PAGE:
South Africans living in Italy urge locals to take Covid-19 restrictions seriously

By Karen Singh and AP Time of article published Mar 23, 2020

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Durban - South Africans living in Italy, now the new epicentre of the Covid-19 outbreak, have warned South Africans to take the global pandemic seriously and adhere to government regulations.

By Sunday, Italy announced its biggest day-to-day increase of infections, which rose to 53000 people, with nearly 800 new deaths. As bodies pile up in Italian hospitals, morgues and churches, and as medical workers plead for more help, there is no sign yet that Italy is taming the arc of its contagion. Italy now has 4825 deaths, more than all of China, where the virus first emerged late last year.

China has recorded 3261 deaths, with only eight new deaths and 116 new cases confirmed by the World Health Organisation on Saturday.

Italian Premier Giuseppe Conte announced that he was tightening the country’s lockdown and shutting down all production facilities, except those providing essential goods and services. While he cautioned citizens to be calm and patient, insisting there “is no alternative”, scientists elsewhere released graphics - showing that avoiding even one infection means that scores more are avoided down the line.

Cape Town law student, Cat Walker, who is studying in Italy, said South Africans needed to be aware of how fast the virus spreads.

“It took less than a week for Italy’s cases to multiply by 10 from around the same number that South Africa has now. Also, just because the official number is 240 (on Saturday) in South Africa, it may not be an accurate representation in reality,” said Walker.

She said while it was impossible for everyone to get tested, it was necessary for everyone to keep in mind that they could be a carrier, whether they had symptoms or not. She advised South Africans to work from home, if possible, and self isolate.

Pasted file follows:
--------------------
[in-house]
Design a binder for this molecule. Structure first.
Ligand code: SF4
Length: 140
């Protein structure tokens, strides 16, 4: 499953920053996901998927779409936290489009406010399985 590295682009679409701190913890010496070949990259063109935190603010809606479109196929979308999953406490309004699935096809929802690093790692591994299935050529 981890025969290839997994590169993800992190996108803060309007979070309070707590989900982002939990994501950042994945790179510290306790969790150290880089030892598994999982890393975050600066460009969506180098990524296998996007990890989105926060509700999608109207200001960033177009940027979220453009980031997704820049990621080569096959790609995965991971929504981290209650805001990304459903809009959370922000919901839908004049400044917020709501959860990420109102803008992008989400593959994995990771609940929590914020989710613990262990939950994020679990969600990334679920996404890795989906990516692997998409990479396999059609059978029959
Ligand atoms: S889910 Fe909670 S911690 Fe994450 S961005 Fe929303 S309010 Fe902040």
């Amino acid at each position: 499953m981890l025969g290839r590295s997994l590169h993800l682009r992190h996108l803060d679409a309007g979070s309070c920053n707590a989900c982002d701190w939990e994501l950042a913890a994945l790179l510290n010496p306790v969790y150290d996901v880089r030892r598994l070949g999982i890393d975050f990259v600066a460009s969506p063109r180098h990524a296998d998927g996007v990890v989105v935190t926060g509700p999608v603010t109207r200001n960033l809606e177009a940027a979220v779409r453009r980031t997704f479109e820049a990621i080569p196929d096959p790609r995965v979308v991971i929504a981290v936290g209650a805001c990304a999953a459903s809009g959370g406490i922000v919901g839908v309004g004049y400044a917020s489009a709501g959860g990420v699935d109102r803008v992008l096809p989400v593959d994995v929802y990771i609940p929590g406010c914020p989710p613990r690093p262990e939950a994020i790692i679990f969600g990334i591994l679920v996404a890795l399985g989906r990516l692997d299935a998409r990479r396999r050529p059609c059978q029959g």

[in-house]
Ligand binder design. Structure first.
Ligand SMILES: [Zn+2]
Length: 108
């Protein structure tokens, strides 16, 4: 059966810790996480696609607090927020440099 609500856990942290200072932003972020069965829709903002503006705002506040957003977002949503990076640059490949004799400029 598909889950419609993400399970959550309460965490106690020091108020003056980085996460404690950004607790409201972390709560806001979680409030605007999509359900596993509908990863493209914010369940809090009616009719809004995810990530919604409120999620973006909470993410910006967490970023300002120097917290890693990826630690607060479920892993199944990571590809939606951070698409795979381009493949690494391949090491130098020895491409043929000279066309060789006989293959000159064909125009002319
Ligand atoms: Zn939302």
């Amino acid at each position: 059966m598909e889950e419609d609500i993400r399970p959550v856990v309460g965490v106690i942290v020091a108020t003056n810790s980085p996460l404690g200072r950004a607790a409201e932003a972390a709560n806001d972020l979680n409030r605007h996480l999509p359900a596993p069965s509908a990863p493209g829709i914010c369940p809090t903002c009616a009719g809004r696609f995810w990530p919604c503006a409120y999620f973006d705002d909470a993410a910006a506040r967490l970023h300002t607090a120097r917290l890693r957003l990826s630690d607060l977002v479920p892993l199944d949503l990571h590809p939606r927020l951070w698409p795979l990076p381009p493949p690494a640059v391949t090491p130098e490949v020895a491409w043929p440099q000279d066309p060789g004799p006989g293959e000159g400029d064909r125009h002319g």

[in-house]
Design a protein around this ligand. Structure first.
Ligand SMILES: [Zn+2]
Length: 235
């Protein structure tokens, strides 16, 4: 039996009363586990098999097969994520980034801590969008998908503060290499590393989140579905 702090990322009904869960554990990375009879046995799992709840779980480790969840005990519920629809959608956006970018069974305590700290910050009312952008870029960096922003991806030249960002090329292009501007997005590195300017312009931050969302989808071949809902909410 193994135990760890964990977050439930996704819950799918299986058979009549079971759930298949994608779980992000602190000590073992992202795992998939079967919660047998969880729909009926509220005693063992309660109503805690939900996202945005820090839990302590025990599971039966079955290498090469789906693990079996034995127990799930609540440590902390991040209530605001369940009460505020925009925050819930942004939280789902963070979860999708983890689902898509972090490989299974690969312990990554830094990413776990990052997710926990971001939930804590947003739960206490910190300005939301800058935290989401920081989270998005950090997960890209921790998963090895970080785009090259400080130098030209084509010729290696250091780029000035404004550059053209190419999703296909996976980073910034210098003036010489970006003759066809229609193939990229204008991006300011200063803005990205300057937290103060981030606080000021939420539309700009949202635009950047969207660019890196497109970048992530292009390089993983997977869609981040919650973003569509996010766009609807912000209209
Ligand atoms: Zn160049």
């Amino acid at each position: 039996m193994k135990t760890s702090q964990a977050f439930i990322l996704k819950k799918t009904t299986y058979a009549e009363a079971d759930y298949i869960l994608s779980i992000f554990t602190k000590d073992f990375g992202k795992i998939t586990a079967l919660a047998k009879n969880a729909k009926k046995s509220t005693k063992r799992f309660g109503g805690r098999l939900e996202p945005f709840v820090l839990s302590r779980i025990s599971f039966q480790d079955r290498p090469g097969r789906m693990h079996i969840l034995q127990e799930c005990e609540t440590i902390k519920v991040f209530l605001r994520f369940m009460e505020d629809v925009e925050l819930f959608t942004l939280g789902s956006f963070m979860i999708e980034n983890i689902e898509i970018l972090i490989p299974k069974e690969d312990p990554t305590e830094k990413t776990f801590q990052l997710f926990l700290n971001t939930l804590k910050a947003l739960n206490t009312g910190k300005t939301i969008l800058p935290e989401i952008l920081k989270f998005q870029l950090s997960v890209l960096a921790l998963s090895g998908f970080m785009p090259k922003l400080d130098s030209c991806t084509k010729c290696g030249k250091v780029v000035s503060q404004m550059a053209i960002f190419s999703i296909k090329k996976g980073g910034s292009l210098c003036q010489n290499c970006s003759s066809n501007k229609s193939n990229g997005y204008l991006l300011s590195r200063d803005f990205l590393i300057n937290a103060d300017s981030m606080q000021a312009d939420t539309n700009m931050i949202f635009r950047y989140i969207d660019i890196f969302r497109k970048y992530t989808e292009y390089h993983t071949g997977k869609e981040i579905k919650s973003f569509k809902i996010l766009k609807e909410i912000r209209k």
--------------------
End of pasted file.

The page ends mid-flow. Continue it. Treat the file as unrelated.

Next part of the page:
“I advise South Africans, especially the young and the old, to please stay at home, for the sake of your nation,” she said.

Walker, who is furthering her studies in Italy, said she understood how irritating and upsetting the cancellation of classes, weddings and travel plans had been.

“But as the number of infections and deaths kept increasing in Italy, it suddenly became very clear that none of those other things are more important than protecting human life,” said Walker.

She said, in light of the pandemic, she had expected to receive communication from the South African government, as other foreign students had from their governments.

“But I didn’t receive anything,” she said.

Della Winterton, who is originally from Durban and teaches in Porto Sant’Elpidio, in the Marche province of Italy, said they had been in quarantine for three weeks and not one person had recovered from the virus in her province.

She said there had been four deaths in her town and five in one day at a nearby hospital.

“I have had moments where I’ve broken down and cried, and I’m really worried about the people,” she said.